Specialist welding is Uwira's bread and butter
Two kilometres of double-walled piping manufactured from special material is being led through the cramped spaces of a ship. The work is being completed to a demanding schedule but it also demands accuracy as each welding seam must withstand high pressure when the pipe is in use. That is why each day's work will be inspected using X-ray imaging and the final result will be checked by testing the pipes with a pressure of 1,200 bar.
Pipes at the Stena Germanica vessel
This is the day-to-day work of Uwira's welders, who have been working on the Stena Germanica vessel since the beginning of the year. This was when the vessel's fuel system was adapted at the Vistal Stocznia Remontowa dock in Poland to make it suitable for use with methanol. In 2011, Uwira was involved in implementing the world's first LNG conversion, in which the fuel system of the Bit Viking vessel was adapted to make it suitable for use with liquid natural gas rather than heavy fuel oil. This work was carried out for Tarbit Shipping.
"Methanol and liquid natural gas require different storage and transportation conditions, so the jobs were different in that respect. Common features of both projects were careful planning, accurate implementation, cramped working conditions and a tight schedule," says Samuli Kuusisto, Managing Director of Uwira Oy, which belongs to the Leinolat Group based in Vaasa, Finland.
Systematic development work
Uwira specialises in pipes, storage tanks, pressurised containers and welding. It has systematically developed its own expertise throughout the 21st century. Previously, the majority of the company's work consisted of subcontracted basic welding assignments but by investing in expertise and specialisation, the company has been able to acquire customers who require specialist work, such as Stena Line.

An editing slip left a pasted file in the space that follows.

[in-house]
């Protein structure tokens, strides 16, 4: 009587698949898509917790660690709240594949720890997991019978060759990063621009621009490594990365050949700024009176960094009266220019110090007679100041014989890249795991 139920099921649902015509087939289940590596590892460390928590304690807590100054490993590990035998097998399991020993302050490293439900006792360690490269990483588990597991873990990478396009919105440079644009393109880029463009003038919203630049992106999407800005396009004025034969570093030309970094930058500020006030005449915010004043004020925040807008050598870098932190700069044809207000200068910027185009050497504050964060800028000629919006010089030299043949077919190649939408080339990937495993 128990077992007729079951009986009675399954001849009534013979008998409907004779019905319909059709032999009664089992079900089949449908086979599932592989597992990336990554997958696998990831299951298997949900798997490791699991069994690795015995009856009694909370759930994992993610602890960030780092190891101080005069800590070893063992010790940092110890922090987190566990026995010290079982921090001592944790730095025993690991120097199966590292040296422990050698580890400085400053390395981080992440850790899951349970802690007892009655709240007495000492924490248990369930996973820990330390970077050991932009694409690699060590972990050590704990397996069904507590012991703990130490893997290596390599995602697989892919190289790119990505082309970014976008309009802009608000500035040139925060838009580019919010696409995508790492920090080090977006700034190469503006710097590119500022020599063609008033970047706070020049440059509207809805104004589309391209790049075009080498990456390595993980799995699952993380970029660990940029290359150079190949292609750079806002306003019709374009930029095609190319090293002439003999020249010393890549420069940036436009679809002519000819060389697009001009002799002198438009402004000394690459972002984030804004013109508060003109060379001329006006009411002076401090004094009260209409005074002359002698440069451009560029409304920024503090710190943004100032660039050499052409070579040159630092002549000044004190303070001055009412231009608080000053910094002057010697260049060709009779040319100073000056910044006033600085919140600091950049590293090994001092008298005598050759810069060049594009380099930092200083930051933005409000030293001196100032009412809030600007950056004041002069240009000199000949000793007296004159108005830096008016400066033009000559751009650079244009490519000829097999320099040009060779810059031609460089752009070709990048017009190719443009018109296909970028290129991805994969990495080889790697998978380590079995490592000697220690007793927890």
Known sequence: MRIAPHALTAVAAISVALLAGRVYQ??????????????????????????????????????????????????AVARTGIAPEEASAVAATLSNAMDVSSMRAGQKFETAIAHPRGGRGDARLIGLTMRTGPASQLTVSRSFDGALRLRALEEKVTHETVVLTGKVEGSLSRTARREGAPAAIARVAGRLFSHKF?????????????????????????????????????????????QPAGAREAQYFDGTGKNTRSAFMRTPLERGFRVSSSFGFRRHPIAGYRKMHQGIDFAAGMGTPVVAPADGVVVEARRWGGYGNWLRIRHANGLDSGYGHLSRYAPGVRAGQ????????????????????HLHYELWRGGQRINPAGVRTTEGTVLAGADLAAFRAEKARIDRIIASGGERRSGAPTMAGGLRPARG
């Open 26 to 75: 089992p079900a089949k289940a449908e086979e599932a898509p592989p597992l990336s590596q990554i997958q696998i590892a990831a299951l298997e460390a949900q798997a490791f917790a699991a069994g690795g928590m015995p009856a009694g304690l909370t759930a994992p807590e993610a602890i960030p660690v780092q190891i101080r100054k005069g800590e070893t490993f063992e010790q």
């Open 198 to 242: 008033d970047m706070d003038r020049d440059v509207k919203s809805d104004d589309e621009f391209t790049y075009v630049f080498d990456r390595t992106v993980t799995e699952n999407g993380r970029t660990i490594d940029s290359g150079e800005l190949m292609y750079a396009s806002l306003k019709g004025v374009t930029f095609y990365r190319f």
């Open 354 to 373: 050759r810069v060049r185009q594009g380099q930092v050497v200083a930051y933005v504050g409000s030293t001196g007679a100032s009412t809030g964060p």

Uwira's most important customers mainly operate in the oil and gas industry, the shipping and power plant industry, and in nuclear power plants. Additionally, Uwira manages demanding industrial projects, providing turn-key solutions from planning to installation and deployment.
"Making a welding seam always requires skilful manual work. A well made seam is provided with added value in the form of the sum of several factors. For example, it is important for piping on demanding seabed or nuclear power plant sites to be traceable. Expertise with special materials, safety and zero tolerance for errors also boost customer satisfaction," says Otto Lammi, who is responsible for production and development.
Uwira's motivated personnel are committed to their work and to improving their work, even though specialisation has been accompanied by additional requirements as well as changes to the content and nature of the work. In addition to knowledgeable, motivated personnel, Uwira's competitive strengths are the internal synergies within Leinolat Group and good, reliable partners.
Due to stricter emission requirements, ships will be required to use low-emission fuels such as methanol and gas, or to operate their engines at lower power and revise their timetables. The largest ship owners are planning to convert their ships to comply with the new regulations, so there will be enormous demand for Uwira's expertise in the future. Stena Line, a Swedish company, is planning to modernise the fuel systems of over 20 vessels within the next five years to make them suitable for use with methanol, a more environmentally friendly fuel.
"This is an excellent thing for us, as we are one of the few companies that has experience with LNG and methanol conversions for ships so we have the required specialist expertise," states Kuusisto.